OpenPGP card specification enhancement for ECDSA support
openpgp at brainhub.org
Tue Mar 5 06:44:51 CET 2013
I agree that you would want to support uncompressed ECC key
representation at least because you never know where a key came from.
Having said this, GnuPG should change the key generation to generate
"compliant" keys all the time. I do this in my software. There is no
reason not to do so. This gives an option to use an efficient
representation down the road, but that's not a requirement. One can
still encode a compliant key per RFC6637 (uncompressed).
I can volunteer to write a patch for the compliant key generation for
GnuPG when I find time.
On 03/03/2013 05:19 PM, NIIBE Yutaka wrote:
> Hello Andrey,
> On 2013-03-02 at 18:12 +0900, NIIBE Yutaka wrote:
>> On 2013-03-01 at 11:02 -0800, Andrey Jivsov wrote:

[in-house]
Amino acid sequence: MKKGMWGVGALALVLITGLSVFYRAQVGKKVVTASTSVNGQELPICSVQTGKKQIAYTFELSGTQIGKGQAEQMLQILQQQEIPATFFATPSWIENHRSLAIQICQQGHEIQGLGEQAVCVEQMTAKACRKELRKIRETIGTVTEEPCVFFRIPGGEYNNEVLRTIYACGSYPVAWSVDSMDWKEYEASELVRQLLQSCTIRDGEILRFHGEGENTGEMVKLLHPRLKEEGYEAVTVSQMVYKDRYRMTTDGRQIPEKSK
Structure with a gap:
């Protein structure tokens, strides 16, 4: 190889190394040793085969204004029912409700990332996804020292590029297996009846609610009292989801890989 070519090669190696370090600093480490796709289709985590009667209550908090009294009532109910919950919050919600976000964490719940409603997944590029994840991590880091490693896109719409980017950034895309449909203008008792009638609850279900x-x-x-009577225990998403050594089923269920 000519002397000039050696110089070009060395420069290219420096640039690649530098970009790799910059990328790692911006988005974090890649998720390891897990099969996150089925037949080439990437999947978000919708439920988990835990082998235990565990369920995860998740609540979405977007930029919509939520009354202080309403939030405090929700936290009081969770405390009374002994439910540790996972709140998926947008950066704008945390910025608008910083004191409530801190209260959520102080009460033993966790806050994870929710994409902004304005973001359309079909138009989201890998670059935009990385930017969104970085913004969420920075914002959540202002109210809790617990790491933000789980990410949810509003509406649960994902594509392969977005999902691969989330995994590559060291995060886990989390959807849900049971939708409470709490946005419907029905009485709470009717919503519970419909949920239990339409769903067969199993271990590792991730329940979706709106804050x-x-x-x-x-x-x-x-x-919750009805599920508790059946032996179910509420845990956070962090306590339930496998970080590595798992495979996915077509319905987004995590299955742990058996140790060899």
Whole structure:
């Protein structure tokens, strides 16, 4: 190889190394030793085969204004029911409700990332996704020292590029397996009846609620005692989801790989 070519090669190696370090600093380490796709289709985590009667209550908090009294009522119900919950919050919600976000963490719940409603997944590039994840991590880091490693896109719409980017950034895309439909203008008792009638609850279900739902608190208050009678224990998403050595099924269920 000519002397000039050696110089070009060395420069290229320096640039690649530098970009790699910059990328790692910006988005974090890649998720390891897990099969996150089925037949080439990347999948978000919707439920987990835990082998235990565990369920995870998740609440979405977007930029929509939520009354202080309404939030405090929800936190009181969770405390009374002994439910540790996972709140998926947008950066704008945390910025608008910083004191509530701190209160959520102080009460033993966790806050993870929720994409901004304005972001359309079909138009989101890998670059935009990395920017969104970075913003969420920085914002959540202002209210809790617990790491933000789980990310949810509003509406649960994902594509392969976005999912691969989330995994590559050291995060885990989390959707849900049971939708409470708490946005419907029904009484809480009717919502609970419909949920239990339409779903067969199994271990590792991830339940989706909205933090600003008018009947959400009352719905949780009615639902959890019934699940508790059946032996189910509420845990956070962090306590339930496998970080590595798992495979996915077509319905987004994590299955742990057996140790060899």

>>> Please consider using the compact representation of an ECC point:
>>> http://tools.ietf.org/html/draft-jivsov-ecc-compact with the OpenPGP card.
>> Thank you very much. I didn't know this document. All that I had
>> known about compression was x + (1-bit of y).
> I considered again.
> For new keys, we will be able to take advantage of this compact
> representation. But, there are already ECDSA keys out there.
> I will limit key space for Gnuk for new keys, so that keys generated
> on Gnuk Token can be represented by the compact representation. But,
> note that most users of Gnuk use writekey command, generating keys on
> host PC.
> I think that Gnuk Token should not limit key space for writekey
> command (host PC -> Gnuk Token), but should accept keys of other half
> space for inter-operablity.
> Speaking for GnuPG, same argument could be applied.
> It is true that there has been no released versions which support
> ECDSA yet. But, it should handle any keys by any OpenPGP ECC
> implementations. Besides, GnuPG supports SSH and X.509. With the
> possibility of 50%, existing keys of ECDSA couldn't be represented by
> the compact representation. I think that GnuPG should handle both of
> the compact representation and the uncompressed representation.
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